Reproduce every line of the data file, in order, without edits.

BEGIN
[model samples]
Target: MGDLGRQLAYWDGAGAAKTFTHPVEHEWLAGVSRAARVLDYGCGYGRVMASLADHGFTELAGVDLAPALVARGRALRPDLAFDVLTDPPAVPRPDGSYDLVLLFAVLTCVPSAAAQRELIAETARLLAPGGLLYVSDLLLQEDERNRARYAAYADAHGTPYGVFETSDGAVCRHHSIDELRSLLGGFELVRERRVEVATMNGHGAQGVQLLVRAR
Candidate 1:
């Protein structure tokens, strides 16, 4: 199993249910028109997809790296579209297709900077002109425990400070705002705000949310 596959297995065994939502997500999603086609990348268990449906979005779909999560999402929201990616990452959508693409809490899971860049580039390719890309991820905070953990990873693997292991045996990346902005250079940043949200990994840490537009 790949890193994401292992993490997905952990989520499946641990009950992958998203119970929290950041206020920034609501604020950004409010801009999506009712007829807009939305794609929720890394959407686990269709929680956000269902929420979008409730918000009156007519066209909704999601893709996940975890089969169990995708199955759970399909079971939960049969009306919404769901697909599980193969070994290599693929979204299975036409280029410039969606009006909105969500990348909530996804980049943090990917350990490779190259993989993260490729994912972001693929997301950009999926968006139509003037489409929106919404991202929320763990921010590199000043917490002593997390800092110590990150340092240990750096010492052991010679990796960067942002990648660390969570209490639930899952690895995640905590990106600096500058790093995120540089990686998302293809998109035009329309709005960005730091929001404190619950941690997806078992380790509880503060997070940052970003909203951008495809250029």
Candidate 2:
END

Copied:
[model samples]
Target: MGDLGRQLAYWDGAGAAKTFTHPVEHEWLAGVSRAARVLDYGCGYGRVMASLADHGFTELAGVDLAPALVARGRALRPDLAFDVLTDPPAVPRPDGSYDLVLLFAVLTCVPSAAAQRELIAETARLLAPGGLLYVSDLLLQEDERNRARYAAYADAHGTPYGVFETSDGAVCRHHSIDELRSLLGGFELVRERRVEVATMNGHGAQGVQLLVRAR
Candidate 1:
């Protein structure tokens, strides 16, 4: 199993249910028109997809790296579209297709900077002109425990400070705002705000949310 596959297995065994939502997500999603086609990348268990449906979005779909999560999402929201990616990452959508693409809490899971860049580039390719890309991820905070953990990873693997292991045996990346902005250079940043949200990994840490537009 790949890193994401292992993490997905952990989520499946641990009950992958998203119970929290950041206020920034609501604020950004409010801009999506009712007829807009939305794609929720890394959407686990269709929680956000269902929420979008409730918000009156007519066209909704999601893709996940975890089969169990995708199955759970399909079971939960049969009306919404769901697909599980193969070994290599693929979204299975036409280029410039969606009006909105969500990348909530996804980049943090990917350990490779190259993989993260490729994912972001693929997301950009999926968006139509003037489409929106919404991202929320763990921010590199000043917490002593997390800092110590990150340092240990750096010492052991010679990796960067942002990648660390969570209490639930899952690895995640905590990106600096500058790093995120540089990686998302293809998109035009329309709005960005730091929001404190619950941690997806078992380790509880503060997070940052970003909203951008495809250029």
Candidate 2: